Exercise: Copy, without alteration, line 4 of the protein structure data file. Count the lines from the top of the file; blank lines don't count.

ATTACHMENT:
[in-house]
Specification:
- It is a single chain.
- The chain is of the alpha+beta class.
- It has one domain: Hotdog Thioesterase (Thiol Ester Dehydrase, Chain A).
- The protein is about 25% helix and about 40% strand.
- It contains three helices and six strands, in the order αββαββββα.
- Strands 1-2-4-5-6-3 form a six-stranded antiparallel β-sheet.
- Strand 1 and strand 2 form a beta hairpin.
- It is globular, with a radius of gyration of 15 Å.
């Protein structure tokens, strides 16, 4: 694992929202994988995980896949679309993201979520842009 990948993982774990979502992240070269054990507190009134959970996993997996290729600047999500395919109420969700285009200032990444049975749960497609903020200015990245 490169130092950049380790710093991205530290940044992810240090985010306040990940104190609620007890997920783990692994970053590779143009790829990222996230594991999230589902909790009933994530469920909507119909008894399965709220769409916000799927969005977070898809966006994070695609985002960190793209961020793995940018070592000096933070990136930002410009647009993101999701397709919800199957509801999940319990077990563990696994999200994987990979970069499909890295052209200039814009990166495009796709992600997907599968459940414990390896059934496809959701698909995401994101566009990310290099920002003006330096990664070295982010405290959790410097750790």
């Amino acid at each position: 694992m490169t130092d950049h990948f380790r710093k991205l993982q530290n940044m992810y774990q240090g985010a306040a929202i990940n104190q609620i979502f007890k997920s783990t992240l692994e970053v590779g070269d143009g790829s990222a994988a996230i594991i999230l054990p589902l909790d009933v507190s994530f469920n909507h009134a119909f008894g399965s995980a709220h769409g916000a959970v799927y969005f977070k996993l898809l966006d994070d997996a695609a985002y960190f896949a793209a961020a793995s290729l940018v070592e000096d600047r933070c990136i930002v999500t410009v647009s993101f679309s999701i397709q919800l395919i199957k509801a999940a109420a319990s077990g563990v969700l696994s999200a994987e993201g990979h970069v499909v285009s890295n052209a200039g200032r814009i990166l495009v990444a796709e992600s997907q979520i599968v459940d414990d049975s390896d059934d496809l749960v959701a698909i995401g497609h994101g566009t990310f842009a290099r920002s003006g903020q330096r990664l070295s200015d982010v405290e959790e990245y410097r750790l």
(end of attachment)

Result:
- The chain is of the alpha+beta class.